Eddie wasn’t just torturing himself by denying his aggression: it made him judge his younger brother harshly. He thought his brother was hopelessly immature because he got into battles with their parents. As Eddie became more comfortable with his own anger, he began to see that his brother actually had a point: their parents really could be annoying.
The Failure of Success
I had the privilege several years ago of traveling through African wildlife parks. Time and time again, our guides would point out scenes of a dominant male surrounded by a pack of healthy, fertile females. Somewhere nearby were other females, perhaps not at the peak of fertility, and the young kids. Off in the distance were adolescent males, honing their skills to compete for the dominant male position. This pattern repeated in a remarkable range of species. These hierarchies in the animal world have huge effects on the individuals concerned. As stress physiologists like Robert Sapolsky at Stanford point out, “It’s particularly bad for your health to be a low-ranking male in a primate troop.”
By helping us observe—rather than identify with—our thoughts, mindfulness practice reveals how often we’re concerned with our rank in our particular primate troop. Other species may stick to a few variables, like who’s stronger or more fertile-looking, but we compare ourselves to one another in a remarkable range of domains. For one person, it’s who’s smarter; for another, it’s who’s richer; for someone else, it’s who’s more popular. Then there’s who has the better body, the better-behaved child or spouse, the better clinical practice, the more developed sense of style, athletic ability, or social graces. The list goes on and on. Among meditators, this gets really ridiculous: Who’s less self-centered? Who makes fewer comparisons to others?
When we win in these comparisons, we feel good about ourselves—briefly. In our psychological models, we call this process healthy narcissism or self-esteem. The problem is, it’s impossible to come out on top consistently. Unless we live in Garrison Keillor’s Lake Wobegon, “where all the women are strong, all the men are good looking, and all the children are above average,” some of us are always going to land below the median.
Trying to feel good about ourselves by enhancing our self-esteem leads to all sorts of folly. As early as 1965, Caroline Preston and Stanley Harris studied drivers who’d had serious accidents, and they compared them with matched controls with good driving records. Ninety percent of both groups rated themselves as more skilled than other drivers, even though the drivers involved in accidents had considerably worse driving records than average. Later, in a 1976 survey by The College Board, 85 percent of students ranked themselves above the median in their ability to get along well with others, and 25 percent even rated themselves in the top 1 percent. Other research shows that most people think they’re better looking, nicer, more popular, logical, funny, wise, and intelligent than others. This extraordinarily robust tendency has even earned a name in social psychology: the better-than-average effect.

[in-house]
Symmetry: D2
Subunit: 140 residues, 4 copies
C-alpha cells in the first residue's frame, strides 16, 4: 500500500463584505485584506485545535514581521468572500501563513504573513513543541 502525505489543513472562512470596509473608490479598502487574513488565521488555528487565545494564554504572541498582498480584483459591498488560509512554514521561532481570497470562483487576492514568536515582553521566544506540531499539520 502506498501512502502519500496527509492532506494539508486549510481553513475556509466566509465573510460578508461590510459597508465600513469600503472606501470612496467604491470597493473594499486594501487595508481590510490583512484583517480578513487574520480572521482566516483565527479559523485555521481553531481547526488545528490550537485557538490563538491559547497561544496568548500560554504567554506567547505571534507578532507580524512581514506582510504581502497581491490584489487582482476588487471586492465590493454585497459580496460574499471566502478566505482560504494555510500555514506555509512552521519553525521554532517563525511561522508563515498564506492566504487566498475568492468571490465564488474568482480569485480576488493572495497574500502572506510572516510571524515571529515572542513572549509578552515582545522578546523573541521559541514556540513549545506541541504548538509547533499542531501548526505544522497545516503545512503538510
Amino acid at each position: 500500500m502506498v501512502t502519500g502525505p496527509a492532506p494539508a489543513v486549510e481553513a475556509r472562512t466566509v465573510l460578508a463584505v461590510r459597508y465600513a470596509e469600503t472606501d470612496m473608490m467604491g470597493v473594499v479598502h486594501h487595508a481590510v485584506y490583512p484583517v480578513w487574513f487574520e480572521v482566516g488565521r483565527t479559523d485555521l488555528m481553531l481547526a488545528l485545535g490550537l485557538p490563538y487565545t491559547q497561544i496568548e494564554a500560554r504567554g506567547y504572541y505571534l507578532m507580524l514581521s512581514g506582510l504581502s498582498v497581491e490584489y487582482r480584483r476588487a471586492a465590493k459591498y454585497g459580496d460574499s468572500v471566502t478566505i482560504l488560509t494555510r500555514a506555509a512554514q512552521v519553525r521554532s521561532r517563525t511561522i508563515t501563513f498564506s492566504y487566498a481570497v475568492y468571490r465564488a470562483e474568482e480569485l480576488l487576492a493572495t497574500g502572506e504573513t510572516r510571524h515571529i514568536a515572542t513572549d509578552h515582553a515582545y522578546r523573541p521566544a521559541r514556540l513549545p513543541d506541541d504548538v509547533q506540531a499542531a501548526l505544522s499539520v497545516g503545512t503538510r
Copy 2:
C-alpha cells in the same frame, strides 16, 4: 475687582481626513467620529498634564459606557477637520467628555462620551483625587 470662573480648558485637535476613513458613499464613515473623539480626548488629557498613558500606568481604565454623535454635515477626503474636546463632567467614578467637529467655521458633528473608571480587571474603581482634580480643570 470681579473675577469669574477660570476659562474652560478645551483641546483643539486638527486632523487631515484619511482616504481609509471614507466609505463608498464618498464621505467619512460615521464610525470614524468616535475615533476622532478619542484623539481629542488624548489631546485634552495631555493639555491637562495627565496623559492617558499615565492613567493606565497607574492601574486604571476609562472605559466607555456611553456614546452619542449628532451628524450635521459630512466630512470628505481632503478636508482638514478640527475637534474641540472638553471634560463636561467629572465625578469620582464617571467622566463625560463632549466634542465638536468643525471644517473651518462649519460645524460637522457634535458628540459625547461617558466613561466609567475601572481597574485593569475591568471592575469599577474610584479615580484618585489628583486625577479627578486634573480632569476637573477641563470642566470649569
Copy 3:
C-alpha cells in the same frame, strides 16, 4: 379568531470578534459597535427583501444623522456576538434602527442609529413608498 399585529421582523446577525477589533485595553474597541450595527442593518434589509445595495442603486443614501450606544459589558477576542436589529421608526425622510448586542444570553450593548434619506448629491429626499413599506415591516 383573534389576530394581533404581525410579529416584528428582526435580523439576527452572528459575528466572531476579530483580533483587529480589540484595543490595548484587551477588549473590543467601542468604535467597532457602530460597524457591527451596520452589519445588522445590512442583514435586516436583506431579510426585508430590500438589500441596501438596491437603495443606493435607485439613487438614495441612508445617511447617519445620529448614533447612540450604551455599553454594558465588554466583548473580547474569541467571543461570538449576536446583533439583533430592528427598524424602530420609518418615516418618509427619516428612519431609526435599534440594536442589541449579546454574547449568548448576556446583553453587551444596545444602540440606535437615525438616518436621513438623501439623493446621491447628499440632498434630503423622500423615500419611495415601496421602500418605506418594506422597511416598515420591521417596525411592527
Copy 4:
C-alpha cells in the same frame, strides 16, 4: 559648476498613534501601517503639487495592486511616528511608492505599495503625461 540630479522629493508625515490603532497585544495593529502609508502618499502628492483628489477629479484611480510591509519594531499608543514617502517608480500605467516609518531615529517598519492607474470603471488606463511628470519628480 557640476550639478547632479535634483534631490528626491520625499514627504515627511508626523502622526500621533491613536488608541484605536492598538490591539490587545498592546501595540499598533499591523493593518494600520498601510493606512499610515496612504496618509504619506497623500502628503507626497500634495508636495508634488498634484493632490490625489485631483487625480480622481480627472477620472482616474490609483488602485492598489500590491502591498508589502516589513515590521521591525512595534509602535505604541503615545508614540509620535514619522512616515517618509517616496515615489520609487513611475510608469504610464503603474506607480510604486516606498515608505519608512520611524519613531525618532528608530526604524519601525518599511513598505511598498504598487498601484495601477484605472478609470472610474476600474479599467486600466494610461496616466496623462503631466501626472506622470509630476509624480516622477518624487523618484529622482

The problem with self-esteem is that in order to feel okay about ourselves, we need to puff ourselves up while putting others down. This leads to all sorts of prejudices, such as thinking that I or my group is better than you or your group. It also keeps us from looking honestly at our shortcomings, and thereby prevents us from addressing them.
Just think of accomplishments that once elevated your self-esteem: perhaps earning your professional degree, getting a job, buying a house. Did you wake up this morning feeling good about yourself because of these achievements? Most of us habituate pretty quickly to our new level and quickly return to feeling inadequate in one way or another.
My client David was an anxious, episodically dysthymic young man with clear goals. He’d read all the latest books about success and had enthusiastically crafted his strategic-objective scrapbook. It had pictures of a big suburban house, a luxury car, and a beautiful wife. He intended to acquire these in the next five years. I suspected that while he may indeed achieve his external goals, he’d soon recalibrate and be left feeling inadequate. So we began to explore in therapy how he came to believe that these achievements would bring him happiness and exactly what happens when he doesn’t feel he’s winning the game of life. It took a while, but he eventually connected with a series of traumatic humiliations, including being dominated by an older stepbrother and cheated on by a gorgeous college girlfriend. On top of this, he recalled his father’s oft-repeated disparaging names for the “losers” of the world.
As therapy unfolded, David finally got relief from his anxiety and dysthymia, not by fulfilling the imperatives of his scrapbook, but by seeing them as attempts to insulate himself from the pain of feeling inadequate and noticing the addictive quality of his narcissistic pursuits—how winning made him feel good for a few moments but soon left him needing more.
Indeed, despite its obvious limitations, most of us persist in trying to bolster our own—or our kids’—self-esteem through pursuing countless goals. But as Joseph Campbell famously put it, we often “climb the ladder of success only to discover that it’s leaning up against the wrong wall.” Mindfulness practice and the awareness of anatta vividly illustrate the folly of trying to improve or maintain self-esteem. We see repeatedly that what goes up must come down, and we notice that eventually we all succumb to illness and death, making the pursuit of self-esteem a losing proposition.